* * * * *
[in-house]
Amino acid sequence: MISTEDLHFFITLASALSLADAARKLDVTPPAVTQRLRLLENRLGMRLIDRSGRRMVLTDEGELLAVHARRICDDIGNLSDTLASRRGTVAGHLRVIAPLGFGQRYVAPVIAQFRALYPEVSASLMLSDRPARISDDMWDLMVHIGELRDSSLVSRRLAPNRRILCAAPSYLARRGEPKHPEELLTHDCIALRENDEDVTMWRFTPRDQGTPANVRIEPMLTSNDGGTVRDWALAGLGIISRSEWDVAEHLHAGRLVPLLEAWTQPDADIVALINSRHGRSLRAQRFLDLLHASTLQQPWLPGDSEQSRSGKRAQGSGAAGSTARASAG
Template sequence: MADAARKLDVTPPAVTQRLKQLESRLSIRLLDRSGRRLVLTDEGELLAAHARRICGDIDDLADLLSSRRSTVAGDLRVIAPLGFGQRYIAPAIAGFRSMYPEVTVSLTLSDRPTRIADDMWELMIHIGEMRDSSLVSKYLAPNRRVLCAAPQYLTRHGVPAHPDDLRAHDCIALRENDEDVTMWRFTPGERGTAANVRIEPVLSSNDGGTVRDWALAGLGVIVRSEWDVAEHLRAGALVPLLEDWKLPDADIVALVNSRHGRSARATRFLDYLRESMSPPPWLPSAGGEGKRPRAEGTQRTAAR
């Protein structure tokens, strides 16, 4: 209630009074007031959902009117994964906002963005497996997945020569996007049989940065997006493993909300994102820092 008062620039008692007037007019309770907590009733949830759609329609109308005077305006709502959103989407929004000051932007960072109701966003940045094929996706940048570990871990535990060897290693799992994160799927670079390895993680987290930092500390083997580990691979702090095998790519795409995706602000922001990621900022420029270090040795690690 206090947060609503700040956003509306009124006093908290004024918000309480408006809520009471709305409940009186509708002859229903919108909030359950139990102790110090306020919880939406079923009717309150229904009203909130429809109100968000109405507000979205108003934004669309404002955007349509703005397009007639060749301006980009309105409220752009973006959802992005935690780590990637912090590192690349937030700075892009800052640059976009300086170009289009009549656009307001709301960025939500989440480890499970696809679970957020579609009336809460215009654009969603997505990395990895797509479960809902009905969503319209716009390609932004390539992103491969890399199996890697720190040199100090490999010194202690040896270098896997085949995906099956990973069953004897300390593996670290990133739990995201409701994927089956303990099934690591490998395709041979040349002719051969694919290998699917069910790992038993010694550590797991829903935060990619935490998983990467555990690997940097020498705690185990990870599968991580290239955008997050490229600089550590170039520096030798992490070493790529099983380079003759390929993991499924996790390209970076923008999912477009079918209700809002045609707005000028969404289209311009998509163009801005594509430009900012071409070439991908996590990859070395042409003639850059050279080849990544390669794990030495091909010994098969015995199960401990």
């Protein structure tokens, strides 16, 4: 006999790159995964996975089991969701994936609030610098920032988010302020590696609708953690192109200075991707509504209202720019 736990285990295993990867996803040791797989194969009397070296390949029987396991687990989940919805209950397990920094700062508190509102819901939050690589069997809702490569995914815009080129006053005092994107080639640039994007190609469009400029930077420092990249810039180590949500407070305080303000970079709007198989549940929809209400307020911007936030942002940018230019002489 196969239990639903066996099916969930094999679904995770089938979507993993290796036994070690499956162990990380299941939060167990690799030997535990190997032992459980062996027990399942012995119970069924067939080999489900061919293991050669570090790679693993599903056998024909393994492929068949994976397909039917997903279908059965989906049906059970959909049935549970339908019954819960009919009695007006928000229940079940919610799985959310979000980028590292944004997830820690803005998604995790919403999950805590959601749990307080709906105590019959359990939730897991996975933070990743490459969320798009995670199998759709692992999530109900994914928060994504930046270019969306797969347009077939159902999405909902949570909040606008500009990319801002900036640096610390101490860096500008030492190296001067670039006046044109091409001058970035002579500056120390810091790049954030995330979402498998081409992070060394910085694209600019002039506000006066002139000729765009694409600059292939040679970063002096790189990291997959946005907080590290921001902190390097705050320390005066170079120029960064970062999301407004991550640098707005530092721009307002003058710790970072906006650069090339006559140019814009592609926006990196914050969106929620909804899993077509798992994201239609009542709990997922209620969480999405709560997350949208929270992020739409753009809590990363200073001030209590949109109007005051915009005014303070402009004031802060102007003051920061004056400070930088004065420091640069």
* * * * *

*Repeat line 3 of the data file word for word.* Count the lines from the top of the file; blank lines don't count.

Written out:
Template sequence: MADAARKLDVTPPAVTQRLKQLESRLSIRLLDRSGRRLVLTDEGELLAAHARRICGDIDDLADLLSSRRSTVAGDLRVIAPLGFGQRYIAPAIAGFRSMYPEVTVSLTLSDRPTRIADDMWELMIHIGEMRDSSLVSKYLAPNRRVLCAAPQYLTRHGVPAHPDDLRAHDCIALRENDEDVTMWRFTPGERGTAANVRIEPVLSSNDGGTVRDWALAGLGVIVRSEWDVAEHLRAGALVPLLEDWKLPDADIVALVNSRHGRSARATRFLDYLRESMSPPPWLPSAGGEGKRPRAEGTQRTAAR